Report: Cadillac Plans For Formula 1 Partnered With Andretti
Just two days ago, FIA President Mohamed Ben Sulayem said he wanted more participations in the near future. Strategic or not, the effort to hone its brand aligns with those sentiments. General Motors and Andretti Global today announced plans to go into Formula 1. We don’t know when Cadillac plans to get into the team roster.
Will Cadillac’s Andretti F1 entry use a Cadillac engine?
However, in today’s announcement, GM President Mark Reuss said Cadillac is already working with an engine supplier. Cadillac will no longer be the engine supplier, but will instead partner with one of its existing suppliers. It will develop the structure and aerodynamics of the project. Cadillac has already appointed a technical director.
. GM also has a NASCAR development facility in Charlotte, North Carolina, which could see some involvement.
“I feel very strongly that we are ready to be a new team and can bring value to the series and our partners, and excitement to the fans,” said Michael Andretti. “I am proud to have GM and Cadillac on our side as we pursue this goal. GM and Andretti share a legacy born out of a love of racing. We now have the opportunity to combine our passion for motorsports with a dedication to innovation to build a true American F1 show.”
Who will drive the Cadillac Andretti F1 Team?
Right now, GM says only one American driver will drive a Cadillac. That person could be Colton Herta. He is related to Andretti through his association with the online annuity and life insurance company Gainbridge. Gainbridge is a sponsor of Andretti’s IndyCar effort. Gainbridge and Herta both have multi-year contracts with Andretti.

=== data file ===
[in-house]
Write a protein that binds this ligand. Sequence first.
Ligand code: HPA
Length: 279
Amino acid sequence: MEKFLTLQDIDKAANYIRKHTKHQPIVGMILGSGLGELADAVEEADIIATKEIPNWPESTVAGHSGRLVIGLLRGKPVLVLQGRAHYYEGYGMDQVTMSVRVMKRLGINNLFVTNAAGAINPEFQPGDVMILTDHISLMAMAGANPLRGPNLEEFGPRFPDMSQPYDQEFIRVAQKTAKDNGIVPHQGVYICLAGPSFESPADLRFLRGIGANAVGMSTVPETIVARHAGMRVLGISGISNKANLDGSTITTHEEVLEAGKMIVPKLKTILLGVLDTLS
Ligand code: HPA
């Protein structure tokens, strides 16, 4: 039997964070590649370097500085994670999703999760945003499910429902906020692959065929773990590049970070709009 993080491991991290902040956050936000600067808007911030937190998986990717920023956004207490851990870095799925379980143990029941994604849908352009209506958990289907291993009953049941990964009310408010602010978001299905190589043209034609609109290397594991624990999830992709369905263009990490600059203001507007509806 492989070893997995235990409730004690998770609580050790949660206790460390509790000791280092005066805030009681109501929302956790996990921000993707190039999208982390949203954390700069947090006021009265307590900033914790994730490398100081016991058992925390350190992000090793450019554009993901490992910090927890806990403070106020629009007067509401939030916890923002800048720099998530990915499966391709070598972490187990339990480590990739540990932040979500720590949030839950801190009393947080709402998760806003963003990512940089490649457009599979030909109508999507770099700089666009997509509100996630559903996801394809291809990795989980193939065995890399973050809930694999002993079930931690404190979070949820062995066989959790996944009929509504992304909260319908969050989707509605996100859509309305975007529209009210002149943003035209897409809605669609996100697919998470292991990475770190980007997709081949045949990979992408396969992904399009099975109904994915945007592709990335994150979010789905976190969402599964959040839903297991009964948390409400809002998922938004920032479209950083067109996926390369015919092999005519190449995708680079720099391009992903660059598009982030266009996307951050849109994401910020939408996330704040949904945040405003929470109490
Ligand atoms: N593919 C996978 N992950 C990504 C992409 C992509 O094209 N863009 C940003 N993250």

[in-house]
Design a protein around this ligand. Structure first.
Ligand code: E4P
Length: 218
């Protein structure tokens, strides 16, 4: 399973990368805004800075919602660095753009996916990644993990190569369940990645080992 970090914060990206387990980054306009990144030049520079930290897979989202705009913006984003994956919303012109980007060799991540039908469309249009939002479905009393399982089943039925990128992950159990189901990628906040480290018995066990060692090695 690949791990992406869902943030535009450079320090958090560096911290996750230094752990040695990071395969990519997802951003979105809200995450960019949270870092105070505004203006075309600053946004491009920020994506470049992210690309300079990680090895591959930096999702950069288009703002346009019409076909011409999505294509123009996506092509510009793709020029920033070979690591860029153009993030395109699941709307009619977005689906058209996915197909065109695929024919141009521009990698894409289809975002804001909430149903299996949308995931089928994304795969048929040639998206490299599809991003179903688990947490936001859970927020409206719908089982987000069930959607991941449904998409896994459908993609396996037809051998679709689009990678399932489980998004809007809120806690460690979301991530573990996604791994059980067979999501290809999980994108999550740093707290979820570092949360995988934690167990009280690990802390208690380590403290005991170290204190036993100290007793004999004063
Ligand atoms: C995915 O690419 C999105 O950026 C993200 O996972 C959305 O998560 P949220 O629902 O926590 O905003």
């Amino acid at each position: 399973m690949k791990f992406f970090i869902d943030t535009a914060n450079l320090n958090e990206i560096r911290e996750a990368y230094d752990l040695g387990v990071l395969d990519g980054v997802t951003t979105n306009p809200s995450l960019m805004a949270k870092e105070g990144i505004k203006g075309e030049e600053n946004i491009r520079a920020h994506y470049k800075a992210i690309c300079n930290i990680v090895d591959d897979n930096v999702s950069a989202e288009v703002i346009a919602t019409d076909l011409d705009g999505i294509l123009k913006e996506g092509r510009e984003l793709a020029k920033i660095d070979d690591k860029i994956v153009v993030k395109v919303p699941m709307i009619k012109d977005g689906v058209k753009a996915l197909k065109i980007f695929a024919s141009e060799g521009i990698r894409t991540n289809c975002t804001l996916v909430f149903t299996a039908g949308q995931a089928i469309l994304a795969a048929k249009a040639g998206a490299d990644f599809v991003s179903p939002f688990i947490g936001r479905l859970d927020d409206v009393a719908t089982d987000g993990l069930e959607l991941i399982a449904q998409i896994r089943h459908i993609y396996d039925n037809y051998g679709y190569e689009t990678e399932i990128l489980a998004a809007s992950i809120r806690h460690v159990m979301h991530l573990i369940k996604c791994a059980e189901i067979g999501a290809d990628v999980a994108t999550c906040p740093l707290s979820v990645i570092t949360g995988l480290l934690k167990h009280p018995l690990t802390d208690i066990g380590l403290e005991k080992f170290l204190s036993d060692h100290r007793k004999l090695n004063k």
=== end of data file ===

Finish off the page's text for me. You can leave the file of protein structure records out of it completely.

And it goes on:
“Cadillac and both are enjoying increasing global appeal,” said Mark Reuss, president of General Motors. “Our brand has a history in motorsports going back over a century, and we would be proud to have the opportunity to bring our innovation and outstanding American design to F1.”
When will the Formula 1 effort start racing?
While this all bodes well for both GM and Andretti Global, they will only be certified for F1 racing. In fact, part of Mohammed bin Sulayem’s comments revolved around more engine suppliers as well. So the question remains whether the FIA will approve Cadillac given it uses an existing engine supplier.
There is a possibility that Cadillac may already have an F1 engine in development. But with the costs of starting an entirely new team and a learning curve, she’ll want a relatively successful season or two first. Also, the earliest they could see F1 action wouldn’t be until 2025 or 2026. So there is still time to develop more than just a chassis if things start to look particularly promising. But going with an existing engine maker means one less piece of the puzzle Cadillac has to worry about.
And General Motors isn’t the first automaker to reach Formula 1. Toyota was in the running from 2002 to 2009, without winning even a single race. We’ll be watching the development of GM’s stab at Formula 1.